Begin by planning ahead. What do you want the outcome to look like? You don’t have to be clairvoyant; even though the lines are blurred or imperfect, don’t worry since they’re just parts of the blueprint, the zeroth layer. Most people believe that having a good foundation ensures good results. Indeed, knowing what outcome you want to see entails good planning. However, things don’t always go perfectly along the way.
In watercolor painting, the rule is to begin with yellow or light colors. Apply just enough tint in areas you think are hit by light or need light. In fact, you can coat the entire face of your portrait in yellow. Even though the skin looks hepatitic, be optimistic. Always begin with yellow. Watercolor, especially that which is diluted in paint, is transparent. With the yellow layer, you can still see the blueprint.
Next, apply darker hues. Use less water and combine colors with black. Sometimes, a bigger portion is concealed in shadows. As such, darker areas take up more space and become more noticeable like a single black dot in a white piece of A3 paper. You cover the yellow and paint a hostile color like charred skin or exposed muscles. The picture looks chaotic. Your blueprint fades, you lose track of your plans. When you keep applying paint without the image getting completely dry, sometimes you unwittingly change your blueprint and smear dark colors over areas supposed to remain light. When this happens, you have to stop letting the darker tones bleed over yellow areas. Let it dry.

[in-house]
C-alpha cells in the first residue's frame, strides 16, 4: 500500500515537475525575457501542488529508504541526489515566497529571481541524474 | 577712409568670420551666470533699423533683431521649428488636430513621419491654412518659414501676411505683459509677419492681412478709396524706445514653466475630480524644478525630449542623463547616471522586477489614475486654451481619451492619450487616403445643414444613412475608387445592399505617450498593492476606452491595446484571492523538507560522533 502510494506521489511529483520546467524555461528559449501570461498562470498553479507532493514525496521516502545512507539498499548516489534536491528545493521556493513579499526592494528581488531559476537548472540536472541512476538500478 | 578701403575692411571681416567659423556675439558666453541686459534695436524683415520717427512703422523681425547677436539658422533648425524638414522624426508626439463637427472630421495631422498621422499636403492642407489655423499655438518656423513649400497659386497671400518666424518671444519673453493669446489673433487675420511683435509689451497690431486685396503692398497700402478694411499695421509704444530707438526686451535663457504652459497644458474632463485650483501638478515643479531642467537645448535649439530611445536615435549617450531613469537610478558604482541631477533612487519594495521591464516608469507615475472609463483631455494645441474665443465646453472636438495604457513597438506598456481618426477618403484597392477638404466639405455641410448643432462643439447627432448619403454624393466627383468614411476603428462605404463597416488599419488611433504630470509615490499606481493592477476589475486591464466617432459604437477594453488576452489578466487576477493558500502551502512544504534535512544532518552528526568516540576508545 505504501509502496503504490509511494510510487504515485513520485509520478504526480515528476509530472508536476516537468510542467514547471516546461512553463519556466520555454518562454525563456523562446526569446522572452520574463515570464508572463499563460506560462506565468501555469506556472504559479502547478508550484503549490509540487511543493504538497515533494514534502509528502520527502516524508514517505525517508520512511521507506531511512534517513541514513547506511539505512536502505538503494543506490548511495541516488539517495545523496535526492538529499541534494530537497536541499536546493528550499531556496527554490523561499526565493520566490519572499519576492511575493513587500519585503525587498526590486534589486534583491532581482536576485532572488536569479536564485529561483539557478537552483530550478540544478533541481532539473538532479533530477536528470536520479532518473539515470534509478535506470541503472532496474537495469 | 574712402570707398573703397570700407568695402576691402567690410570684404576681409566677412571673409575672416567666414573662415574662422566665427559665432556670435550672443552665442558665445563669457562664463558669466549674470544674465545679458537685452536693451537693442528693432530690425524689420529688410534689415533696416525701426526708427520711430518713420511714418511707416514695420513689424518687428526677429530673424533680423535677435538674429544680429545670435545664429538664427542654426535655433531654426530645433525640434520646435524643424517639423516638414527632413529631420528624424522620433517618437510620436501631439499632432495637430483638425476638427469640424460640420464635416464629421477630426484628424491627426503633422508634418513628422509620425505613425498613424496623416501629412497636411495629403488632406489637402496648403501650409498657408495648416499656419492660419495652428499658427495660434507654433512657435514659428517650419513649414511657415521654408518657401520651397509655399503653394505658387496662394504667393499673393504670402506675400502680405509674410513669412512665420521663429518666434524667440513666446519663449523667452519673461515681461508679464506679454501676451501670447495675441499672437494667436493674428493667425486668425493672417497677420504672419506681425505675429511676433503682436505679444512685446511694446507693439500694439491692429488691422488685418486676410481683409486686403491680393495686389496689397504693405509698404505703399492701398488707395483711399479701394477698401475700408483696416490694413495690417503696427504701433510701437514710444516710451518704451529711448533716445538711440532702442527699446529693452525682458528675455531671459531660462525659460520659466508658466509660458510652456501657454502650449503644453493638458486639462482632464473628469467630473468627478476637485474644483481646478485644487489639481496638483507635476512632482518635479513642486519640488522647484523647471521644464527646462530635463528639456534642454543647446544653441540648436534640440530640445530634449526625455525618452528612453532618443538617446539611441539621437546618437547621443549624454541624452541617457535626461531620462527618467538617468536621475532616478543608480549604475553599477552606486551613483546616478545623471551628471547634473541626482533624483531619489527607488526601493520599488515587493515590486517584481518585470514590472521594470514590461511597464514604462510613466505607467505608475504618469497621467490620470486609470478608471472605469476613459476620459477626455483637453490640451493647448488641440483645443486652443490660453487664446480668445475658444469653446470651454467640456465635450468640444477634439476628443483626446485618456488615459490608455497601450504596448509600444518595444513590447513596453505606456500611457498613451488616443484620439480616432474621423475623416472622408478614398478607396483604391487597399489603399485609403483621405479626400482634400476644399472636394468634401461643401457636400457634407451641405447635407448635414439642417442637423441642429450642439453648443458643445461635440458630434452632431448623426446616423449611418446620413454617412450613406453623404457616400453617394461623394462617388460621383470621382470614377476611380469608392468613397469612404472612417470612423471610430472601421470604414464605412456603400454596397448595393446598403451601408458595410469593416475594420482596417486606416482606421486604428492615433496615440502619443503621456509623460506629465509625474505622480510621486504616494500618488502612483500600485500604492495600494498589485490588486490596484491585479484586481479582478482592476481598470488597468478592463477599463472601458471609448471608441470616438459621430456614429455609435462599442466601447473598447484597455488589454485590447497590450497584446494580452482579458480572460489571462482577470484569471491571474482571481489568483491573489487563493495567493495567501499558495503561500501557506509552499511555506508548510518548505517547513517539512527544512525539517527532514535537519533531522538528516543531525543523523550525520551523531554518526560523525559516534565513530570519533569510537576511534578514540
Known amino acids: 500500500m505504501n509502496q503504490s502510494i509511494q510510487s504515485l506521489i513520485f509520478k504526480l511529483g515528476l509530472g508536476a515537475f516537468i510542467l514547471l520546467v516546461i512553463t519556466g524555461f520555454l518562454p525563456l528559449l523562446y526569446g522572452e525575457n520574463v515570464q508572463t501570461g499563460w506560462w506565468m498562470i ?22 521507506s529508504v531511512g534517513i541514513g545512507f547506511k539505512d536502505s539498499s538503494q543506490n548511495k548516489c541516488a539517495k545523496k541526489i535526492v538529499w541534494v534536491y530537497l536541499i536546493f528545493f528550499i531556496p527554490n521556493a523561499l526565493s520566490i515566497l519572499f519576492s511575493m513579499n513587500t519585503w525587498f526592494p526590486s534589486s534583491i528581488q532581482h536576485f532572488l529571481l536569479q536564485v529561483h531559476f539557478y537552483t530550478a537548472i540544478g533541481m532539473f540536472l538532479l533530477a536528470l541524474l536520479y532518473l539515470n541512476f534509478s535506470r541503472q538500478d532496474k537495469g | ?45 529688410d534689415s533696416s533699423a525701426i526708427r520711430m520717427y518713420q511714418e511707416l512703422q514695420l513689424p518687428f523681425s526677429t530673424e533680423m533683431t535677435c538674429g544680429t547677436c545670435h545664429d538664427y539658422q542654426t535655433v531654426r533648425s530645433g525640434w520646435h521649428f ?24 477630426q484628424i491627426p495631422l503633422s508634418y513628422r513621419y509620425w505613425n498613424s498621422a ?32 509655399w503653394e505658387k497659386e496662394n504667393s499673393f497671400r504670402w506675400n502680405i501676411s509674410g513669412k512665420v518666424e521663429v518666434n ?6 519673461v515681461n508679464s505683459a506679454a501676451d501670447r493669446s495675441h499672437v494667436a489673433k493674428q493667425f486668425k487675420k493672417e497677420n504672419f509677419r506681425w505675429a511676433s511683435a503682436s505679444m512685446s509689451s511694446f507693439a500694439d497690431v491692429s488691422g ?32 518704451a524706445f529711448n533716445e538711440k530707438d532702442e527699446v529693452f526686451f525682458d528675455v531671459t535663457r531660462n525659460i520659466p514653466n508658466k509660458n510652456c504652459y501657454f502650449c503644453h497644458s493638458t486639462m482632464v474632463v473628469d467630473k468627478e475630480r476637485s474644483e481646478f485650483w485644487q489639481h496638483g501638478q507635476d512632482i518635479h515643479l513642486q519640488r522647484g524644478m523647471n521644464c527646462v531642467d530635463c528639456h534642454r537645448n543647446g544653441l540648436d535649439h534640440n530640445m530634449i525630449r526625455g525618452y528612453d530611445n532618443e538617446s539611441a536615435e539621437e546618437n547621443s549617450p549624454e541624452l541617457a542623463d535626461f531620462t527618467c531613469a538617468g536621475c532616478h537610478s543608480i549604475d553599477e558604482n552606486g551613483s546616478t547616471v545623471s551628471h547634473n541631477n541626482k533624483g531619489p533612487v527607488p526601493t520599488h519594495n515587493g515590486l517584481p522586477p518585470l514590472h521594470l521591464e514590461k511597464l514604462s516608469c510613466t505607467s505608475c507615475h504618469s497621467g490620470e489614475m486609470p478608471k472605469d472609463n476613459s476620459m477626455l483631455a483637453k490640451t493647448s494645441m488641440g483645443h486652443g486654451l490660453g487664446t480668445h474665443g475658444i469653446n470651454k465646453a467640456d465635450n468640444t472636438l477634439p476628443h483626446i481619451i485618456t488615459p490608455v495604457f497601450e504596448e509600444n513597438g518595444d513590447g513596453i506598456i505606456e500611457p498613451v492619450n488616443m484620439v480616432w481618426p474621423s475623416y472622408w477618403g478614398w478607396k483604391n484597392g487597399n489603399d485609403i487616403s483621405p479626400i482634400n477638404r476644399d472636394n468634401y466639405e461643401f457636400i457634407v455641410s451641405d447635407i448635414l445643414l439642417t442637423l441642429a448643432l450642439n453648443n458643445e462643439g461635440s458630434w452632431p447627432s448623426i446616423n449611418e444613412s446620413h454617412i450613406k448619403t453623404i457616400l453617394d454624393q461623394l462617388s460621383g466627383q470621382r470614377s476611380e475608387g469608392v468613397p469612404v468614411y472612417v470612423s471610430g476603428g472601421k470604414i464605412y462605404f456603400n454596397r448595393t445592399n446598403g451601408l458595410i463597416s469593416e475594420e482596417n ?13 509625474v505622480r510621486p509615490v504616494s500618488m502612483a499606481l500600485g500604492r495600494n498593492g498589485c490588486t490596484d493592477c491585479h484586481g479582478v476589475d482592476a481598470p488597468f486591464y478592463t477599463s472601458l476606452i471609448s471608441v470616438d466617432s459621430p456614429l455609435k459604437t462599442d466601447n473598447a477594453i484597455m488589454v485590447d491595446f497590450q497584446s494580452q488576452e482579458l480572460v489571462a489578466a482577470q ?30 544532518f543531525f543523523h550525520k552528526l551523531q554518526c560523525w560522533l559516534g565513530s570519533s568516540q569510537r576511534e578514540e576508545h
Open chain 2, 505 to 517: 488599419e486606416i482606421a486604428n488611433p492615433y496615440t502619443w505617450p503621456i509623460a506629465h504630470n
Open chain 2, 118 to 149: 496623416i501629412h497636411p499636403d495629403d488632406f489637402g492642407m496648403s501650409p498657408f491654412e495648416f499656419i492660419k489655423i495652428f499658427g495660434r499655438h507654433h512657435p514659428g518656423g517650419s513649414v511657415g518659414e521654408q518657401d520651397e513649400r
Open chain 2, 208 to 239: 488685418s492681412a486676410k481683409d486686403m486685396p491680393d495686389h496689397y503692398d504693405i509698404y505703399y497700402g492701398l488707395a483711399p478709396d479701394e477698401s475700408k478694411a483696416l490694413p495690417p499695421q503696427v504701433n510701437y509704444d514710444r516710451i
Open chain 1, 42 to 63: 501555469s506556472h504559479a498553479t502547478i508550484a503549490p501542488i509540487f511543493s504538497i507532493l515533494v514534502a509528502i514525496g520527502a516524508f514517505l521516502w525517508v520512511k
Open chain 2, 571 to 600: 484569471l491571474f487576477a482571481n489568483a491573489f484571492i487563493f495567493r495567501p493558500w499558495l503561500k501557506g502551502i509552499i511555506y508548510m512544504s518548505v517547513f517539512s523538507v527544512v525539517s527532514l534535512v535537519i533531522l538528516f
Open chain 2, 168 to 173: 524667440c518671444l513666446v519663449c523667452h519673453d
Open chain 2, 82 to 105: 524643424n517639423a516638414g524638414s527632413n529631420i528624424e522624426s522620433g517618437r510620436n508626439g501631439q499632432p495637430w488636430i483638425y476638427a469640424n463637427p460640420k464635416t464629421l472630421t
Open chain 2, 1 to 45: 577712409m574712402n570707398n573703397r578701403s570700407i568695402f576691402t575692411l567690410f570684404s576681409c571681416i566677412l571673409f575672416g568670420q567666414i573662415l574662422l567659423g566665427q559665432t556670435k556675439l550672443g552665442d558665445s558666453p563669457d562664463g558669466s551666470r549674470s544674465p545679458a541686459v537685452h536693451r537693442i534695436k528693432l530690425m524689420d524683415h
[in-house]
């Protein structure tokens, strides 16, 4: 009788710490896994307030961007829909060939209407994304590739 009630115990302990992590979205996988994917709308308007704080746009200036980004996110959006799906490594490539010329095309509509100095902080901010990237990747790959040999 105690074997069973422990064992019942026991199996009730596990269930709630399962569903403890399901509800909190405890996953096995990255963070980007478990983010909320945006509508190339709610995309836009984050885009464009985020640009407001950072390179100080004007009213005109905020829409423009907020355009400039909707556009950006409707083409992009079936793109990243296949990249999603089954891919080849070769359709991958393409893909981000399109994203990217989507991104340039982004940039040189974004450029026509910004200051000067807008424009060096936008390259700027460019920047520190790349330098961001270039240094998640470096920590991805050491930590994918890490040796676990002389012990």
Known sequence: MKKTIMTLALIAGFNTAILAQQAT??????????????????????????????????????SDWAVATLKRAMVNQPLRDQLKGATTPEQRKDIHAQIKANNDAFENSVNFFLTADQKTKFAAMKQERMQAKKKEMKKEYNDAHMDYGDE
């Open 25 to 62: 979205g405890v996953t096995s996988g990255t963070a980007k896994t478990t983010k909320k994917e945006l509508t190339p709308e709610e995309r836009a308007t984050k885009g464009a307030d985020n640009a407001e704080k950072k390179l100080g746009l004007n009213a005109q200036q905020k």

At this point, the portrait is very frustrating to look at because the face looks swollen. You have to look at the remaining yellow areas and some darker portions as the new foundations of a fresh blueprint. This time you have to be deliberate where you apply the darker and denser paints. To add depth, try to recall your original blueprint and where the paint must fall. Regardless, some lines are part of your original plan, others are new yet better additions.
Do not be afraid how your painting looks close up. Let it dry before editing. Step back and look at the bigger picture. When you are disappointed with hard lines, soak the brush in water and smother the hard edges. Errors are not permanent.
During the watercolor painting workshop I attended, one participant asked “When do you know it’s done?” When is a watercolor painting finished?
Always before it is completely done.
The painting has to be viewed from a distance. The bigger picture holds the finished image. Each portion up close may not make much sense or may not be appreciated by spectators, but each patch of paper testifies to the criticism you overcame and the difficulties you got through. Some errors you completely erase, others contribute to making the image interesting.
The painting is almost done, hang it already.